Mother is being discharged out of an ALF because of aggressive behavior and trying to exit the facility. What do I do?

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The Alf has a locked down facility and an open door facility . My mother was transferred from the open door section to the dementia unit where they are locked in basically for their safety. She has been put on psych drugs because of her aggressive behavior and also baker acted for barricading herself in her room. I have seen a distinct difference in my Moms behavior and a major decline in her memory since she was put on this psych drug. The ALF is now involuntarily discharging her because of her aggressive behavior. Isn't it the ALF's responsibility to know how to care for people like this. I don't condone her behavior but it can accompany people with dementia. Is there anyone else out there who has faced an aggressive parent being discharged from an Assisted Living Facilty( ALF)?

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How long has your relative been in the facility? Sometimes (like in my mother's case) the person will act out violently when moved into a different facility. And sometimes they will settle down, between getting accustomed to the different routine and some serious tranquilizer type meds on a temporary basis, it worked. It was a real rodeo for about 2 months, though.
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There are drugs, but the person needs to be in the care of a geriatric psychiatrist that you may or may not have access to in an AL facility.

I need to say out loud that AL - assisted living - is NOT for dementia care. I would never expect an AL facility to provide dementia care or have staff specially trained in dealing with someone beyond the early stages of it. If the facility is for-profit, they have a motive to keep someone on long past their ability to actually care for them and not counsel you on what you should be doing instead. And then...wham...something awful happens and mom is being evicted for breaking the residency rules.

Look for Memory Care in the name, the description, the materials and ask how they deal with "Dementia with Behavioral Disturbance". I would bet dollars to doughnuts no AL facility is going to be willing to deal with that at all because it is so extreme. Also make sure they will take Medicaid because unless you are in possession of a Koch Brother's fortune, you are going to need it.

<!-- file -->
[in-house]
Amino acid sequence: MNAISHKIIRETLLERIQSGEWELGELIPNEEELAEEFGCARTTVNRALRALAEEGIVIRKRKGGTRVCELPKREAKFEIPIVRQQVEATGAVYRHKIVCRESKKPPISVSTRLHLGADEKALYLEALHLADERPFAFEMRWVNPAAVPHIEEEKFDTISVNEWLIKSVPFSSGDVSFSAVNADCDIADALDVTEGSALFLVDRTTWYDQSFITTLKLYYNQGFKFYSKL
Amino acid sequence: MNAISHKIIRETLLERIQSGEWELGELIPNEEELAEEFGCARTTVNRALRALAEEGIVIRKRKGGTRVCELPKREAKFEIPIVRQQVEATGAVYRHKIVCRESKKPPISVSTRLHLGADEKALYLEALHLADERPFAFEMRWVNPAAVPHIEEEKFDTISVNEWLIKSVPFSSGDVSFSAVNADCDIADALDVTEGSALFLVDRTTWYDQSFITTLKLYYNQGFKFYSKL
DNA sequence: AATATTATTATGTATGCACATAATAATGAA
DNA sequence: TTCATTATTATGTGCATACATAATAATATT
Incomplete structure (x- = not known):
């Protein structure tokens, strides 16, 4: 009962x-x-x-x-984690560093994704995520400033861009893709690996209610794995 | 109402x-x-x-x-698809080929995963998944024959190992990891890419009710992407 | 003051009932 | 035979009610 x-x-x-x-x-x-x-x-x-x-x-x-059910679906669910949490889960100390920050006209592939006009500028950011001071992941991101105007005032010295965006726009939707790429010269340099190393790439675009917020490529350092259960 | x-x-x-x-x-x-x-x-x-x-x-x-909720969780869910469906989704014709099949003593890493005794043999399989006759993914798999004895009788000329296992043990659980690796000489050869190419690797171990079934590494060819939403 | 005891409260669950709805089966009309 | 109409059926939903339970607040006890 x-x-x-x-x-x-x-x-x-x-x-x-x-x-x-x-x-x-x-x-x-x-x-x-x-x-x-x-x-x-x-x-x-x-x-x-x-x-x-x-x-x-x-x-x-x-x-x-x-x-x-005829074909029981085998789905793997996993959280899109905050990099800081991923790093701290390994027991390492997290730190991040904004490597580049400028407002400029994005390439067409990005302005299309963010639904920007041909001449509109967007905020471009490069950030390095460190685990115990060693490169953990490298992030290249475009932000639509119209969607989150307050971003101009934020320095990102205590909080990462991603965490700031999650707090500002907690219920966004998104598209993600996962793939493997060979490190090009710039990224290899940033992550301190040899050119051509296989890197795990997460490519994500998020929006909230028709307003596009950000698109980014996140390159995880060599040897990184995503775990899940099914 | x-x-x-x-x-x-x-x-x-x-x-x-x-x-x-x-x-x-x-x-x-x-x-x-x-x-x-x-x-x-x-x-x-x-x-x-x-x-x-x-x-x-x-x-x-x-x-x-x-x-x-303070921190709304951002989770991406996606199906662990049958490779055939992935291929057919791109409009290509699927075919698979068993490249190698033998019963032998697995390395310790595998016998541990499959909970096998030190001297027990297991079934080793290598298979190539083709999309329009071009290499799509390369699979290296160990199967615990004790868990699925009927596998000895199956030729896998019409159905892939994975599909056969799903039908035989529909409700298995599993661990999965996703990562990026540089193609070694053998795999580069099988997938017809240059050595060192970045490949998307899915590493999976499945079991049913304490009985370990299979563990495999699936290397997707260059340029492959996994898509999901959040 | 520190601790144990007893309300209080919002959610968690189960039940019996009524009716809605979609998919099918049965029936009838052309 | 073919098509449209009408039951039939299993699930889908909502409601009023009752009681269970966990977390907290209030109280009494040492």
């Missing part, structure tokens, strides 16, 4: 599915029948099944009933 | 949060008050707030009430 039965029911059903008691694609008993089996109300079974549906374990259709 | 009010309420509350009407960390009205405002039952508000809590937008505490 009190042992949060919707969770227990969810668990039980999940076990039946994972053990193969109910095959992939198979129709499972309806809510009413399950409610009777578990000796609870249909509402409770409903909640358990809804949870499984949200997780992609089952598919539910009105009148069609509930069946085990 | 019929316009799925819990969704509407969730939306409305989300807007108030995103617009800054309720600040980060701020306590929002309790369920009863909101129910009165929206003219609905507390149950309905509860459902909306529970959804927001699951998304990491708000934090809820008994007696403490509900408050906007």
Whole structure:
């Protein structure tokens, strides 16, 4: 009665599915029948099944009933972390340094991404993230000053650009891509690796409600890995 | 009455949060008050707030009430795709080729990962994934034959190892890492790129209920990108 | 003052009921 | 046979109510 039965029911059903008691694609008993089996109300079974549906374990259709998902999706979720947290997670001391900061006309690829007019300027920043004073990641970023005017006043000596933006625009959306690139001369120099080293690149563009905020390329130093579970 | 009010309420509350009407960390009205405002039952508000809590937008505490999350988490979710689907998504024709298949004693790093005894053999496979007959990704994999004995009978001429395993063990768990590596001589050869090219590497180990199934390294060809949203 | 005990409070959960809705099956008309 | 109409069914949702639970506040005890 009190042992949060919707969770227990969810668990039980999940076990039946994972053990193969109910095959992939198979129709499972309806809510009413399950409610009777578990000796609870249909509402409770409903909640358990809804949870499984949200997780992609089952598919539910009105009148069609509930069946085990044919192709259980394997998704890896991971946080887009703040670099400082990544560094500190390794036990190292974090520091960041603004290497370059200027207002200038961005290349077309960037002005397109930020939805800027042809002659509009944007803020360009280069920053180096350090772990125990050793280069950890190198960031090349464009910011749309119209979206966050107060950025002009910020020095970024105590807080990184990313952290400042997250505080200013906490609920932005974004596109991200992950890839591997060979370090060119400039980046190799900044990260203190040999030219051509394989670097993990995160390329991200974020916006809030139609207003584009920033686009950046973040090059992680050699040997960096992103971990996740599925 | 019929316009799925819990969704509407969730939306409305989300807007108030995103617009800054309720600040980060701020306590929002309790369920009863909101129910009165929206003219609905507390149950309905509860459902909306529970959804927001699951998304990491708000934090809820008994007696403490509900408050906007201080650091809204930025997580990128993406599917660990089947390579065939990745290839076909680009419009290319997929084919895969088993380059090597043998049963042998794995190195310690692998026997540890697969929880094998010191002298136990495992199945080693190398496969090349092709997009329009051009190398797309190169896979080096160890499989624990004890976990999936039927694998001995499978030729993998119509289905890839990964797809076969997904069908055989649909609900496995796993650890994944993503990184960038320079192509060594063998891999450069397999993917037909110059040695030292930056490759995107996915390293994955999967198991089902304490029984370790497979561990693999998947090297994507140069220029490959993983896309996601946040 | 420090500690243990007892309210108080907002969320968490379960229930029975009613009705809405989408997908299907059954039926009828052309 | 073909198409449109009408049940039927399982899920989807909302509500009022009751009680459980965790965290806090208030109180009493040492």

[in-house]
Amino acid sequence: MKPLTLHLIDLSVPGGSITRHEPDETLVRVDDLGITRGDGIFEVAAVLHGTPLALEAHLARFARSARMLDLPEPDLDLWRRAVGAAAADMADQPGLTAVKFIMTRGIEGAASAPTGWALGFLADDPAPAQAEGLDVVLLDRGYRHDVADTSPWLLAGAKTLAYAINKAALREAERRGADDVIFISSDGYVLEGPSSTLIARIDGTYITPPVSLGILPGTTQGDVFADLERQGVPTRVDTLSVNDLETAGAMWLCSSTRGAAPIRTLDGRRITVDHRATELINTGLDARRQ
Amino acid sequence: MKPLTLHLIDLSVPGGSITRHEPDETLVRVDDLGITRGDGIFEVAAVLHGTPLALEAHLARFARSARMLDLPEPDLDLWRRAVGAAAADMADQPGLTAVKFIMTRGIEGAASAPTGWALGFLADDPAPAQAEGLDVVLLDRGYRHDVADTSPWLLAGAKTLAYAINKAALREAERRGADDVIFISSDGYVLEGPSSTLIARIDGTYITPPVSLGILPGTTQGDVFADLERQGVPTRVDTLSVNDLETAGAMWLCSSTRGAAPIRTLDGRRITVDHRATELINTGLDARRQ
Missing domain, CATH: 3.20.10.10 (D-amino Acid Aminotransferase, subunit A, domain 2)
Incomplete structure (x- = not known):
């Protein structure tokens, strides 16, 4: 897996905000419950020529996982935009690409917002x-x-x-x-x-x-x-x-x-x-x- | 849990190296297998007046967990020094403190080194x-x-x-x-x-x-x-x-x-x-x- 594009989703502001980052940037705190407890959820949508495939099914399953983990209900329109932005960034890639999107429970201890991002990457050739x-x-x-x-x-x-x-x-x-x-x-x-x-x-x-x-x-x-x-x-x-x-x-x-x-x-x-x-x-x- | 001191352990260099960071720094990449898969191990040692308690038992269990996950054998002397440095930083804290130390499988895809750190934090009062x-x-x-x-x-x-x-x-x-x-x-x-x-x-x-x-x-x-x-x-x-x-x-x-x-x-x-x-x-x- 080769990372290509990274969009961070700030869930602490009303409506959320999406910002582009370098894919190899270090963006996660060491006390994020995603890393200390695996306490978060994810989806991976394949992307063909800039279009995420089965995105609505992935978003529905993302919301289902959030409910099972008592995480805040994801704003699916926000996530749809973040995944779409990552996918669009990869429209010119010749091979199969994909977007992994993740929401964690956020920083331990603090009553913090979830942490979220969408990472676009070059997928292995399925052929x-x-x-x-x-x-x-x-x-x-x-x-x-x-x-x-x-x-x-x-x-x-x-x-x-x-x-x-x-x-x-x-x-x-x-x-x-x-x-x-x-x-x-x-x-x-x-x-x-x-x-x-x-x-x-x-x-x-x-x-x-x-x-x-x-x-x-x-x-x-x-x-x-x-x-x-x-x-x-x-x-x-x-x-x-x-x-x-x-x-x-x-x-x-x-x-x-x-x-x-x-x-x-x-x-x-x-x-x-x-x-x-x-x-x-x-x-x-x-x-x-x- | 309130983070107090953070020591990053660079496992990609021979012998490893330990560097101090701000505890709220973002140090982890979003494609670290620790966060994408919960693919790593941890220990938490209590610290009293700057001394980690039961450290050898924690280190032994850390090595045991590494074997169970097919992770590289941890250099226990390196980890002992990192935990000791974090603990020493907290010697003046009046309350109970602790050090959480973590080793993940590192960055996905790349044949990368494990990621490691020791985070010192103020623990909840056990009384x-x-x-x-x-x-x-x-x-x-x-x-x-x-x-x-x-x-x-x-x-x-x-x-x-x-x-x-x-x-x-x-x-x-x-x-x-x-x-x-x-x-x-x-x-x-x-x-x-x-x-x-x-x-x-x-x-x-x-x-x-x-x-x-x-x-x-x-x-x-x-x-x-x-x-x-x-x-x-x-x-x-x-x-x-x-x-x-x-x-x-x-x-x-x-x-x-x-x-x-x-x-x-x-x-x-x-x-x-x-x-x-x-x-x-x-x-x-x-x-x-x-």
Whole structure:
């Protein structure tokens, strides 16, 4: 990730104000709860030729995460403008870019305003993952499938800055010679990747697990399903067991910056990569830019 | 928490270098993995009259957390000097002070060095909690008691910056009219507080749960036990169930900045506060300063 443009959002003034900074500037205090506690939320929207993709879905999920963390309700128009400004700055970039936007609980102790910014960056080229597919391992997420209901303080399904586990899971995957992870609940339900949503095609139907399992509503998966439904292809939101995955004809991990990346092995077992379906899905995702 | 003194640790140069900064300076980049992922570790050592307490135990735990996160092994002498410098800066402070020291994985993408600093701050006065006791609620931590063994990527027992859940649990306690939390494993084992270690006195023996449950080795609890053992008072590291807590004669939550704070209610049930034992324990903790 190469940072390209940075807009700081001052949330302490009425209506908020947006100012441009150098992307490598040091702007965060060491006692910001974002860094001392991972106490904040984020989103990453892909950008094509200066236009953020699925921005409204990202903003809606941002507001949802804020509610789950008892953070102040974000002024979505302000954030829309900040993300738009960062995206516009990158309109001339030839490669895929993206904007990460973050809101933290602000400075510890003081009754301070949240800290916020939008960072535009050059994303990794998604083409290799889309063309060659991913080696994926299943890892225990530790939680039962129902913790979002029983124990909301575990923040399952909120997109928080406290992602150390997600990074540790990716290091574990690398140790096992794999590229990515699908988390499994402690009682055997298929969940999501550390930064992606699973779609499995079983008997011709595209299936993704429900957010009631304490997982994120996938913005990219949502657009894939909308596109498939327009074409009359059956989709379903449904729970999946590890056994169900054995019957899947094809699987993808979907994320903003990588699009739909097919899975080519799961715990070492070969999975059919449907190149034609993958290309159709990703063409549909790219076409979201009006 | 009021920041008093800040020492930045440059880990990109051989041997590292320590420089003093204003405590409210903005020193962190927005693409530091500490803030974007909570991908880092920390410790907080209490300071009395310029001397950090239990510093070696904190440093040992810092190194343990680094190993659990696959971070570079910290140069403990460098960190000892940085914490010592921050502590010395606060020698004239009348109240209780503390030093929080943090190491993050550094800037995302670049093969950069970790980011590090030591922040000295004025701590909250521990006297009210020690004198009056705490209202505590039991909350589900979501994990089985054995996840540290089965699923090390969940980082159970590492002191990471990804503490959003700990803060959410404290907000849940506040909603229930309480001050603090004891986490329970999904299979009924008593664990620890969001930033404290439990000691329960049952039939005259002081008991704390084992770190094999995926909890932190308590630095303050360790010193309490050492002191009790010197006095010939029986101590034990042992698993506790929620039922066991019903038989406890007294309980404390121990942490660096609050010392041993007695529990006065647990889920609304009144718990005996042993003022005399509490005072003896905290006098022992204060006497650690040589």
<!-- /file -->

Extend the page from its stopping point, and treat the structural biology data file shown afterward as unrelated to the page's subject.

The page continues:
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I was under the impression that there are drugs out there to calm aggressive behavior in dementia so they can be kept in AL. Are there really cases where a person's aggression can't be controlled? We were lucky when my mother became verbally aggressive and actually pushed someone. The doctor put her on Zoloft which worked and eliminated the behaviors. I always thought ALs had all the answers, but I'm realizing that most ALs are more reactive than proactive and are not the sources of information they could be - to work with and steer the family of a patient to doctors who are experts in dementia and geriatrics. Sigh, they are still better than home care, but they are businesses like anything else.
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It is in my dad's AL contract that should his medical needs change so that he needs a higher level of care, the AL facility must assist in finding an appropriate facility before he can be discharged. That is the law in Texas and probably many other states. Check with the ombudsman.
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I have recently found out there are facilities in most areas that accept aggressive behavior residents with dementia / Alzheimers or more specifically "dementia behaviors". These facilities have special training and usually will state this on their website or by asking when called. Most ALF do not have this and are not sufficiently trained. Nevertheless, they cannot kick anyone out. It's a rental agreement just like any other type in your state, unless specifically stated upon entering into the agreement. A call to the local elder protective services and / or ombudsman will help you out and shape them up as well. I hope all goes well with you and your mother. My mom was pretty close the same and had to change her medications to calm her WAY down. She was on the "bubble" of getting kicked out.
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Can they or have they reccomended an alternate facility that may be better for her?
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Thanks everyone, I AM standing firm on objecting to the discharge but I'm also concerned if I really want to keep her there if they are not well trained enough to handle their jobs
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I would also remind them that there should have been a family conference prior to any discharge decision or action.

Get an attorney as well.
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If she is in the unit for dementia with behavioral disturbance, that means something. The rules and expectations for the open-door unit must be different for the special dementia unit. I would read the lease/residential agreement for the fine print.

If they DO put her out on the street, call 911 and have her taken to the hospital. Call the state Dept of Human Services crisis hotline to report the facility so they get investigated. Call your TV station's consumer advocate reporter.

This also raises red flags to me that they are not training staff properly to deal with these patients, may be understaffed, and something ELSE is going on there at the management level.
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Read Texarkana's response again. And listen to it.
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